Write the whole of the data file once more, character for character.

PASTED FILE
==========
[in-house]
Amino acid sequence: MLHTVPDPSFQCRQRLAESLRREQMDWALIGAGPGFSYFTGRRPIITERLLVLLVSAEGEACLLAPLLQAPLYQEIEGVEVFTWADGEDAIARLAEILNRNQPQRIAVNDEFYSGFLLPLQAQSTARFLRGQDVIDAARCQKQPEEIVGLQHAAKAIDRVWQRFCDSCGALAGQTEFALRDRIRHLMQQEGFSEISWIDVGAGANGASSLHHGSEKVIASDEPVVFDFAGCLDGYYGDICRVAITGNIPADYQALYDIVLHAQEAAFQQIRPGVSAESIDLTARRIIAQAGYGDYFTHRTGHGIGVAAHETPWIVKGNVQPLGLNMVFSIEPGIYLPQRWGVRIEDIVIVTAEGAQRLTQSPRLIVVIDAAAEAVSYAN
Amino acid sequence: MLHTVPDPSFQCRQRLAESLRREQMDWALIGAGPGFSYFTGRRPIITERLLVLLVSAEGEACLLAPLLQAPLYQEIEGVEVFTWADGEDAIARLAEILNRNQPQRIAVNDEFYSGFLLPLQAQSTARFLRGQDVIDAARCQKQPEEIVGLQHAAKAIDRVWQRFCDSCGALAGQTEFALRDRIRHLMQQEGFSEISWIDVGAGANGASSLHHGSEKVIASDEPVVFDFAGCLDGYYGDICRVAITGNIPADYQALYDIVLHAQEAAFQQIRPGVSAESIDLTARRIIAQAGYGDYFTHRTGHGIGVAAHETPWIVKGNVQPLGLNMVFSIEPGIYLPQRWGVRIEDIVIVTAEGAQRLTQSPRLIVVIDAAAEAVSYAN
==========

[in-house]
Amino acid sequence: MLHTVPDPSFQCRQRLAESLRREQMDWALIGAGPGFSYFTGRRPIITERLLVLLVSAEGEACLLAPLLQAPLYQEIEGVEVFTWADGEDAIARLAEILNRNQPQRIAVNDEFYSGFLLPLQAQSTARFLRGQDVIDAARCQKQPEEIVGLQHAAKAIDRVWQRFCDSCGALAGQTEFALRDRIRHLMQQEGFSEISWIDVGAGANGASSLHHGSEKVIASDEPVVFDFAGCLDGYYGDICRVAITGNIPADYQALYDIVLHAQEAAFQQIRPGVSAESIDLTARRIIAQAGYGDYFTHRTGHGIGVAAHETPWIVKGNVQPLGLNMVFSIEPGIYLPQRWGVRIEDIVIVTAEGAQRLTQSPRLIVVIDAAAEAVSYAN
Amino acid sequence: MLHTVPDPSFQCRQRLAESLRREQMDWALIGAGPGFSYFTGRRPIITERLLVLLVSAEGEACLLAPLLQAPLYQEIEGVEVFTWADGEDAIARLAEILNRNQPQRIAVNDEFYSGFLLPLQAQSTARFLRGQDVIDAARCQKQPEEIVGLQHAAKAIDRVWQRFCDSCGALAGQTEFALRDRIRHLMQQEGFSEISWIDVGAGANGASSLHHGSEKVIASDEPVVFDFAGCLDGYYGDICRVAITGNIPADYQALYDIVLHAQEAAFQQIRPGVSAESIDLTARRIIAQAGYGDYFTHRTGHGIGVAAHETPWIVKGNVQPLGLNMVFSIEPGIYLPQRWGVRIEDIVIVTAEGAQRLTQSPRLIVVIDAAAEAVSYAN